2012] WILLFUL PATENT INFRINGEMENT & ENHANCED DAMAGES 419
Willful infringement is a critical issue in patent litigation. A finding of
willfulness can result in an award of enhanced damages up to triple the
amount of actual damages proven by the patentee,1 as well as the possibility
of paying the patentee’s attorney’s fees.2 Indeed, penalties in the range of
tens of millions of dollars for willful infringement are not uncommon.3
Until recently, if a potential infringer had actual knowledge of a patent,
it was obligated to satisfy “an affirmative duty to exercise due care to
determine whether or not [it] is infringing.”4 Among other things, this duty
usually compelled an accused infringer to obtain a competent opinion of
counsel before engaging in potentially infringing acts.5 Failure to do so was
likely to result in a willfulness finding.6
However, in 2007, the Federal Circuit significantly altered the standard
governing willfulness with its en banc decision in In re Seagate Technology, LLC
(“Seagate”).7 Specifically, Seagate abandoned the “affirmative duty of due
care” requirement, instead requiring the patentee to demonstrate by clear
and convincing evidence that the accused infringer was objectively reckless
in its infringement.8 It also held that potential infringers were no longer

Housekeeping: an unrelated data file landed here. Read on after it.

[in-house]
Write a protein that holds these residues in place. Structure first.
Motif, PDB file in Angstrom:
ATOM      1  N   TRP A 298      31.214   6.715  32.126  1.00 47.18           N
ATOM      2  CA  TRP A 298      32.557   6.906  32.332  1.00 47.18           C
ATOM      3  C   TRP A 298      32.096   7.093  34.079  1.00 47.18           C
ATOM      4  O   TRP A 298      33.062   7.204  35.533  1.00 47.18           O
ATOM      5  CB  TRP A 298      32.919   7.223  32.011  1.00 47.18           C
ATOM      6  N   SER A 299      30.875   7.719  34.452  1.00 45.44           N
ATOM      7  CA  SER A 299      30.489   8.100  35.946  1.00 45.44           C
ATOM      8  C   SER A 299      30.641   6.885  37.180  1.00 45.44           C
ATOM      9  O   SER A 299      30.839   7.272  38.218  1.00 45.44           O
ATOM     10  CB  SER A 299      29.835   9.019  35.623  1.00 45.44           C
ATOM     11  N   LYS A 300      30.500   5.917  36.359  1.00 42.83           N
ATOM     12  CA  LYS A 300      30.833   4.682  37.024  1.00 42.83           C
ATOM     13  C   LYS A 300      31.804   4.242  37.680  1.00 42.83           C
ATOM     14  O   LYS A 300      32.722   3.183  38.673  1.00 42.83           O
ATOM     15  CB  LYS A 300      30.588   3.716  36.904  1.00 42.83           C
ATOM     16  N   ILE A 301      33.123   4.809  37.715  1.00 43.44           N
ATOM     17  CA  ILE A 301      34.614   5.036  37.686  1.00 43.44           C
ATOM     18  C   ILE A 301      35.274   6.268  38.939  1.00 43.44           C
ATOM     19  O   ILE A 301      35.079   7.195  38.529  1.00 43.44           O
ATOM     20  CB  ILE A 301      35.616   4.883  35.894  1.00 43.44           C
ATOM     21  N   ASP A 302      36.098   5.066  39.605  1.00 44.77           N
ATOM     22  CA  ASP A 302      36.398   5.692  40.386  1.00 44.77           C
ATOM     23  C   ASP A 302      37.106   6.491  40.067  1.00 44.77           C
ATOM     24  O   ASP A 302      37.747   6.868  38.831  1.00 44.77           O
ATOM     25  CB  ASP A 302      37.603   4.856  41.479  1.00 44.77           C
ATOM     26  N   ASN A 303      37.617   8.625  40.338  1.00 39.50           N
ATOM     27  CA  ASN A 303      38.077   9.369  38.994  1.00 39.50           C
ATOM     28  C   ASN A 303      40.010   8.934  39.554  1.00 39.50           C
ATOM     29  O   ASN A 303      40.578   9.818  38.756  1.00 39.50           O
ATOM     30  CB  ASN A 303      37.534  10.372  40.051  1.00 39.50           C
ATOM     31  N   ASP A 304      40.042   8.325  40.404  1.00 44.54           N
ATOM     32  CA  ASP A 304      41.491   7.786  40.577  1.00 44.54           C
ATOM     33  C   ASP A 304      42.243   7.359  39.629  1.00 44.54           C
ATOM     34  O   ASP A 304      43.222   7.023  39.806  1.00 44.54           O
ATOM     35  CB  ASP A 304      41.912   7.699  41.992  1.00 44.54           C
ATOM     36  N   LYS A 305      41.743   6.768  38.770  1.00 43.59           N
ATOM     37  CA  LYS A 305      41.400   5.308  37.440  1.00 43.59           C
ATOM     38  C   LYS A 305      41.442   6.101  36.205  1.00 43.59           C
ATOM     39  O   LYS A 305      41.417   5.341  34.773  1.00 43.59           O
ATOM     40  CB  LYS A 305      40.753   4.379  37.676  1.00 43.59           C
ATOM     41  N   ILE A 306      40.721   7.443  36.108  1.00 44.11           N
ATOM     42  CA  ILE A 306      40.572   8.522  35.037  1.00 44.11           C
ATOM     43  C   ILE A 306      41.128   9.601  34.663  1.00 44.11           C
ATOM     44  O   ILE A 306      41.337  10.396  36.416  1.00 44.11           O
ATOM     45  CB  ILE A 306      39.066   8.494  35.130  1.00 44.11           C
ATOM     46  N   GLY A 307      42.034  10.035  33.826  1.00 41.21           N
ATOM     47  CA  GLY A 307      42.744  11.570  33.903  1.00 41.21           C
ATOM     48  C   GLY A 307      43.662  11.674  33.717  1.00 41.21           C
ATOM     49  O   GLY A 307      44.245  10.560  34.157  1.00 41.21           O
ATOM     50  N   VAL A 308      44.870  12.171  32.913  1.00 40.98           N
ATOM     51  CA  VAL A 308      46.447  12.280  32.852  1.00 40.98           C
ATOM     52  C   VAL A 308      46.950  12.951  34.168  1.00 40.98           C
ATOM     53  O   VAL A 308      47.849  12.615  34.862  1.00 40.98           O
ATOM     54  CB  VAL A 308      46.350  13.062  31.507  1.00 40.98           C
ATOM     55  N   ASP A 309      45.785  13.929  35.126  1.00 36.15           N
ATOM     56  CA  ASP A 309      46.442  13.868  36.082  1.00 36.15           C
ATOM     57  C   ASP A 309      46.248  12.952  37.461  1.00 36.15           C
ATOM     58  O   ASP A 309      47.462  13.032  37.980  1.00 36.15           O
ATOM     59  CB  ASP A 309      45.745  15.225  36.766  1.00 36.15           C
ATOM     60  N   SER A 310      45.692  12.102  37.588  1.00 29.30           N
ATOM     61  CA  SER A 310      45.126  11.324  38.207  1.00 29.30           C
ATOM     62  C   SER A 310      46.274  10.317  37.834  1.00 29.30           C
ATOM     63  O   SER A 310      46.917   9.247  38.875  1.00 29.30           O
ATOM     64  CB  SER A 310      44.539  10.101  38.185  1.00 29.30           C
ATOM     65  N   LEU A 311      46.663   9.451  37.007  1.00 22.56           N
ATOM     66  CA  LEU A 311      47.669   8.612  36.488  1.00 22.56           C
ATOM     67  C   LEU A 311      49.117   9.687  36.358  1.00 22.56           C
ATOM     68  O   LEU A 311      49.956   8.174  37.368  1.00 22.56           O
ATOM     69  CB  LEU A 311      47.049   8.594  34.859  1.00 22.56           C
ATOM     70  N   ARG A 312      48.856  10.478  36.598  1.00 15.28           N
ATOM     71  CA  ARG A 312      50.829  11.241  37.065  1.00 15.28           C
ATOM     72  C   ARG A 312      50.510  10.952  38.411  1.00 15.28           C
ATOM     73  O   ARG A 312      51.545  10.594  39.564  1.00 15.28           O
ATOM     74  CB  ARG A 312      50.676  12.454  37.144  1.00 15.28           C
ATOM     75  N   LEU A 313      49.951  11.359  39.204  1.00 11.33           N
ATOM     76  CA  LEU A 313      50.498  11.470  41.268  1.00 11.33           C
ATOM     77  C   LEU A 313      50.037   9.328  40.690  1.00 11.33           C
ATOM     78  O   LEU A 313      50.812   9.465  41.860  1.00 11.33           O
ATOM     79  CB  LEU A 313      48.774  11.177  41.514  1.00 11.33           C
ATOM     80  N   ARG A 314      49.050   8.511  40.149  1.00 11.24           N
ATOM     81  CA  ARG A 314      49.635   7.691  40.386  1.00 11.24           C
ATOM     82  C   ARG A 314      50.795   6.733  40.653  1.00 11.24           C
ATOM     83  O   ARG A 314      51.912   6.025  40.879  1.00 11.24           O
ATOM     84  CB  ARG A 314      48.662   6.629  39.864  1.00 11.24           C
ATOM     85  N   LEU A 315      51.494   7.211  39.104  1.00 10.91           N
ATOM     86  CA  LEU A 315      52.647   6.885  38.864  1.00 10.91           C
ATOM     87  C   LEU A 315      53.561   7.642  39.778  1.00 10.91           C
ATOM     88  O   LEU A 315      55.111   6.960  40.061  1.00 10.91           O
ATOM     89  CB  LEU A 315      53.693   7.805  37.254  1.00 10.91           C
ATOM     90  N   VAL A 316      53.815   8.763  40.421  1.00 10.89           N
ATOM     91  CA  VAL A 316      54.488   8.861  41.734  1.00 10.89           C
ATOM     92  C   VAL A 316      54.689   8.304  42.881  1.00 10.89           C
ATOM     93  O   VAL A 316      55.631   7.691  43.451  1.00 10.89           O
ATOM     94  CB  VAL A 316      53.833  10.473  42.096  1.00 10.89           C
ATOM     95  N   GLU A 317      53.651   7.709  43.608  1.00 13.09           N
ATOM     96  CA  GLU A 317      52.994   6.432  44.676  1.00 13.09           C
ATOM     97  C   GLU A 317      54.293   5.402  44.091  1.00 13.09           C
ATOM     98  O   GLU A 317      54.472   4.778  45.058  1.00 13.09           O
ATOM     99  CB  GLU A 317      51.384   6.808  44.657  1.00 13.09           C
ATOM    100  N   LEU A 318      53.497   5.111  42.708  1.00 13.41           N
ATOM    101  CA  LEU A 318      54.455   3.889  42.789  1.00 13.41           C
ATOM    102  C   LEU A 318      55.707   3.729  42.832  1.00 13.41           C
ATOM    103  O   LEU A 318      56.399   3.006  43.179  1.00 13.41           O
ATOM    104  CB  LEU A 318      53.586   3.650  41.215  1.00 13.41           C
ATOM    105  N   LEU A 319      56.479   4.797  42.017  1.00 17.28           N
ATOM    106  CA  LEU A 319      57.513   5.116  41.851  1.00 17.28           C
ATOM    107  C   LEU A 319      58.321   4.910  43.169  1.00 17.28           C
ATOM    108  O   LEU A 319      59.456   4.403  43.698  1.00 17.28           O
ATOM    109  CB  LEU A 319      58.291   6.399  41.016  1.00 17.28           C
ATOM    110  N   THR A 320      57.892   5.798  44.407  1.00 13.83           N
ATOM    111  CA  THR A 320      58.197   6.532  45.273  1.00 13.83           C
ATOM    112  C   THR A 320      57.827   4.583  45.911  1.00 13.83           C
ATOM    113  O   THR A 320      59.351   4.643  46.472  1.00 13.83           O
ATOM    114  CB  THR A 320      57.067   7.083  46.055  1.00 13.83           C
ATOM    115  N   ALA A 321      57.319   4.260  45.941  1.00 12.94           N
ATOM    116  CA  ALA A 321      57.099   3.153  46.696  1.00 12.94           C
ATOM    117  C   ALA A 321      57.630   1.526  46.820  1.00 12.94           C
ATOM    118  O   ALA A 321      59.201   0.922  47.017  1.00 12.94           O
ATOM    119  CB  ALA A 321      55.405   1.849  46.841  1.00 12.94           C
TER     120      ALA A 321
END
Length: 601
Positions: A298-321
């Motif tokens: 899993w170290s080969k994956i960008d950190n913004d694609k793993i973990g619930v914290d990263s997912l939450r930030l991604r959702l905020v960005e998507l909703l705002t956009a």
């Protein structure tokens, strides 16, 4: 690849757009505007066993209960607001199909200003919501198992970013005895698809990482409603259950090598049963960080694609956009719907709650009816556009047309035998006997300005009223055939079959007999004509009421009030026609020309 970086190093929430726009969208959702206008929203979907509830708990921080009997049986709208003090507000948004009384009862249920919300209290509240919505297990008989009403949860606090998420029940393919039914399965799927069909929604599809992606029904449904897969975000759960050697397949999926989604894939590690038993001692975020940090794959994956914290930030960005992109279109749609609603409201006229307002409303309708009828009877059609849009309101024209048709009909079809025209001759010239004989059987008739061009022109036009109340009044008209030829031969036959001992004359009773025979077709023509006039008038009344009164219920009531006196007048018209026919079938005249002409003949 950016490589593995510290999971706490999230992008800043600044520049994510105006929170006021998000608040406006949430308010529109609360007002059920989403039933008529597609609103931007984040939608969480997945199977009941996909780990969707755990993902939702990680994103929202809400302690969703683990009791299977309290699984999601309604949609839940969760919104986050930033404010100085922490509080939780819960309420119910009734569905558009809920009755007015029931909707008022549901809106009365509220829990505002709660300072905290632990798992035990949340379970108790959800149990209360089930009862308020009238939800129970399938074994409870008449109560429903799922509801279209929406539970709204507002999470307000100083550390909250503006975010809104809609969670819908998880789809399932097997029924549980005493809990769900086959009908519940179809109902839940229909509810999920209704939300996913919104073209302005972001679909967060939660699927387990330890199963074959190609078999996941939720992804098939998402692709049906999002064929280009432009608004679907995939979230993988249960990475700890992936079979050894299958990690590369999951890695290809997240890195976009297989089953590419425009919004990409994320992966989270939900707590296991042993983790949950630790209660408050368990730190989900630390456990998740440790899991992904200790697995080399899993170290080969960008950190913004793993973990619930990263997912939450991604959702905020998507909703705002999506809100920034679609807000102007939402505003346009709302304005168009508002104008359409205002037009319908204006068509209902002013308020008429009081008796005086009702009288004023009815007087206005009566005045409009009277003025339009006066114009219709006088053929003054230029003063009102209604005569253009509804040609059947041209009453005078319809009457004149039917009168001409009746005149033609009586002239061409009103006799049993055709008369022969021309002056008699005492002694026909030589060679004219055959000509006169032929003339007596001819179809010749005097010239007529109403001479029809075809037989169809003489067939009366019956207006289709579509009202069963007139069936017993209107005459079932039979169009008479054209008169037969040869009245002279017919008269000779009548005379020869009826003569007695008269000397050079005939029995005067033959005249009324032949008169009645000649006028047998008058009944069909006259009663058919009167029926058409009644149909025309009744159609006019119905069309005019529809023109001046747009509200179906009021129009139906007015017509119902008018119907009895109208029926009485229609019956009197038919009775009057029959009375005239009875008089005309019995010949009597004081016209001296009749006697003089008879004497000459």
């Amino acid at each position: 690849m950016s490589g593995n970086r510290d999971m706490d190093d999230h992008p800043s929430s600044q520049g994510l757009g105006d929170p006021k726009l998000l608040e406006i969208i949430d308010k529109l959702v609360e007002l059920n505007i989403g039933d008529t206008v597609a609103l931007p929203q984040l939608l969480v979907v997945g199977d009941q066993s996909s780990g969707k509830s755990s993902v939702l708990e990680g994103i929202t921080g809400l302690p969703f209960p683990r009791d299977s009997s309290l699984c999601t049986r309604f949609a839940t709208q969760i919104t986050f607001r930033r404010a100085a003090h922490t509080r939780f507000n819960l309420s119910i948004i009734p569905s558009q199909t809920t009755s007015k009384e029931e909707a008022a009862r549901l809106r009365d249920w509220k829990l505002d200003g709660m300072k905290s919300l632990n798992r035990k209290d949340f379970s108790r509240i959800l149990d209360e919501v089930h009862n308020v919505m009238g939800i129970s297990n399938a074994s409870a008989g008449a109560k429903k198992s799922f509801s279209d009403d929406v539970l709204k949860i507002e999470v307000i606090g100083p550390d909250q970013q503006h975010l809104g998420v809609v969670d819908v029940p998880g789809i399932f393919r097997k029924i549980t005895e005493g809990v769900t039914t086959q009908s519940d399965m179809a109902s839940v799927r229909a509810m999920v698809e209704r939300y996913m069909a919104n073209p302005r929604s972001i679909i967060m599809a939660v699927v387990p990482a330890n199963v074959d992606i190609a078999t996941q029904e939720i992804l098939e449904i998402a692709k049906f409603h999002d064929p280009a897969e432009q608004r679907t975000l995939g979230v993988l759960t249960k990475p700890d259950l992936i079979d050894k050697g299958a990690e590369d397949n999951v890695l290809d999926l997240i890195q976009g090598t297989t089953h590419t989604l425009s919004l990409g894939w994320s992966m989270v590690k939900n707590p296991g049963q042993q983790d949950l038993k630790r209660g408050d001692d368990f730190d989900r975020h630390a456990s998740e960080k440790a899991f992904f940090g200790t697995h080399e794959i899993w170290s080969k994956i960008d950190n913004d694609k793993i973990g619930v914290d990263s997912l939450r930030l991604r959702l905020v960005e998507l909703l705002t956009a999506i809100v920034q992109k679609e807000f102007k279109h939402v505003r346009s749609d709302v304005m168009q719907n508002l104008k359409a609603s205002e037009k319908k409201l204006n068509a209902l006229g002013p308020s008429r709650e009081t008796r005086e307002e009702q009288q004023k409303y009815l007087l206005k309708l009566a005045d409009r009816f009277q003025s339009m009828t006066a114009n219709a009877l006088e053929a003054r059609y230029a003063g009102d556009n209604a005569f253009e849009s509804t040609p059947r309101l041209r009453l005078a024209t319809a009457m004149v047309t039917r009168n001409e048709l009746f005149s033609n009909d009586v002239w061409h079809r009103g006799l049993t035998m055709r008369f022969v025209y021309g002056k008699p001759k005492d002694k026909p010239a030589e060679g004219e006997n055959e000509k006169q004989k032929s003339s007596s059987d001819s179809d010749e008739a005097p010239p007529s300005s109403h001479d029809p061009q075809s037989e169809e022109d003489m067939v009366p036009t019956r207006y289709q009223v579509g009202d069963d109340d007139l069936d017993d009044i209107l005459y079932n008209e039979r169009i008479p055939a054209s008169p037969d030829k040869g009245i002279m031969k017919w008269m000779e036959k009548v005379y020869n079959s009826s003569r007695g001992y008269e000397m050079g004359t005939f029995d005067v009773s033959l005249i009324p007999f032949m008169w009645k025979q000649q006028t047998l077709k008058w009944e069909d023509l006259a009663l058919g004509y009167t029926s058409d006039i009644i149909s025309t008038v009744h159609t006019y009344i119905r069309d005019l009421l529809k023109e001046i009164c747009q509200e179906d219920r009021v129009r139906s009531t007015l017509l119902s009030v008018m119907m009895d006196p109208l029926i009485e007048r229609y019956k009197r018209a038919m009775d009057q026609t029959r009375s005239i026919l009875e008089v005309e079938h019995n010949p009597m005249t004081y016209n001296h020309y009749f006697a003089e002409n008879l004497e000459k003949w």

obligated to obtain an opinion of counsel.9 As a result, knowledgeable
observers asserted that Seagate would make proving willful infringement
much more difficult, ultimately resulting in far fewer willfulness findings and
enhanced-damages awards.10 To date, however, there has been no
1. 35 U.S.C. § 284 (2006) (stating that “the court may increase the damages up to three
times the amount found or assessed”).
2. Id. § 285.
3. See, e.g., Krippelz v. Ford Motor Co., 670 F. Supp. 2d 815, 824 (N.D. Ill. 2009)
(awarding approximately $21 million in enhanced damages for willful infringement) , appeal
docketed, No. 11-1103 (Fed. Cir. Dec. 7, 2010); i4i Ltd. P’ship v. Microsoft Corp., 670 F. Supp.
2d 568, 596 (E.D. Tex. 2009) (awarding $40 million in enhanced damages for willful
infringement), aff’d as modified, 589 F.3d 1246 (Fed. Cir. 2009), opinion withdrawn and superseded
by 598 F.3d 831 (Fed. Cir. 2010), aff’d on other grounds, 131 S. Ct. 2238 (2011); Final Judgment
at 2–3, DataTreasury Corp. v. Wells Fargo & Co., No. 2:06-CV-72 (E.D. Tex. Aug. 1, 2011)
(awarding $26.6 million in enhanced damages for willful infringement).
4. Underwater Devices Inc. v. Morrison-Knudsen Co., 717 F.2d 1380, 1389 (Fed. Cir.
1983), overruled by In re Seagate Tech., LLC, 497 F.3d 1360 (Fed Cir. 2007) (en banc).
5. Id. at 1390.
6. See Kimberly A. Moore, Empirical Statistics on Willful Patent Infringement, 14 FED. CIR. B.J.
227, 239 (2004) (“If no attorney opinion is presented in defense of a willfulness charge, the
result is usually a finding of willfulness . . . .”).
7. In re Seagate Tech., LLC, 497 F.3d 1360 (Fed. Cir. 2007) (en banc), cert. denied, 552
U.S. 1230 (2008).
8. Id. at 1371.
9. Id.; see also Paul J. Heald, Optimal Remedies for Patent Infringement: A Transactional Model,
45 HOUS. L. REV. 1165, 1197 (2008) (“[Seagate] made clear that there is no affirmative duty on
the part of an exploiting firm to search for a patent, nor any duty to search for advice from
counsel on the validity of a patent that is uncovered if a search is done.”).
10. See infra notes 98–104 and accompanying text.